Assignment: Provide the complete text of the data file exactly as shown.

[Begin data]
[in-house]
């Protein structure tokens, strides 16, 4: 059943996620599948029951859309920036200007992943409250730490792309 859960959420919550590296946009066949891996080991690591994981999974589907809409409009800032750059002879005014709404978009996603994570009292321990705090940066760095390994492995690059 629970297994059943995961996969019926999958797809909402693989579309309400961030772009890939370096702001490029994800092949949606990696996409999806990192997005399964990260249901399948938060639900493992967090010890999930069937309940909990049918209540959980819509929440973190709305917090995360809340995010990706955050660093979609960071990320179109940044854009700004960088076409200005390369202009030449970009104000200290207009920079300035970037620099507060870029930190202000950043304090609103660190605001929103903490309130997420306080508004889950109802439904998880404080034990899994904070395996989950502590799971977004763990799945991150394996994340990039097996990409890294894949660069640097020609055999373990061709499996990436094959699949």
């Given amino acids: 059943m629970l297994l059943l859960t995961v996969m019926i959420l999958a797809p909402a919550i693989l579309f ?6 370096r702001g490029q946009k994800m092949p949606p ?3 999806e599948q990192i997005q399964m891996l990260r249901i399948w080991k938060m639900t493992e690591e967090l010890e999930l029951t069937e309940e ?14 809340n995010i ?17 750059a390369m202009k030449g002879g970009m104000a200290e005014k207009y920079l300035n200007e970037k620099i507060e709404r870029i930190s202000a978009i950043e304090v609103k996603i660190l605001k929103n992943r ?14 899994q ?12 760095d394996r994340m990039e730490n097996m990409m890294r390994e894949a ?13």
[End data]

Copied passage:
[in-house]
């Protein structure tokens, strides 16, 4: 059943996620599948029951859309920036200007992943409250730490792309 859960959420919550590296946009066949891996080991690591994981999974589907809409409009800032750059002879005014709404978009996603994570009292321990705090940066760095390994492995690059 629970297994059943995961996969019926999958797809909402693989579309309400961030772009890939370096702001490029994800092949949606990696996409999806990192997005399964990260249901399948938060639900493992967090010890999930069937309940909990049918209540959980819509929440973190709305917090995360809340995010990706955050660093979609960071990320179109940044854009700004960088076409200005390369202009030449970009104000200290207009920079300035970037620099507060870029930190202000950043304090609103660190605001929103903490309130997420306080508004889950109802439904998880404080034990899994904070395996989950502590799971977004763990799945991150394996994340990039097996990409890294894949660069640097020609055999373990061709499996990436094959699949």
């Given amino acids: 059943m629970l297994l059943l859960t995961v996969m019926i959420l999958a797809p909402a919550i693989l579309f ?6 370096r702001g490029q946009k994800m092949p949606p ?3 999806e599948q990192i997005q399964m891996l990260r249901i399948w080991k938060m639900t493992e690591e967090l010890e999930l029951t069937e309940e ?14 809340n995010i ?17 750059a390369m202009k030449g002879g970009m104000a200290e005014k207009y920079l300035n200007e970037k620099i507060e709404r870029i930190s202000a978009i950043e304090v609103k996603i660190l605001k929103n992943r ?14 899994q ?12 760095d394996r994340m990039e730490n097996m990409m890294r390994e894949a ?13």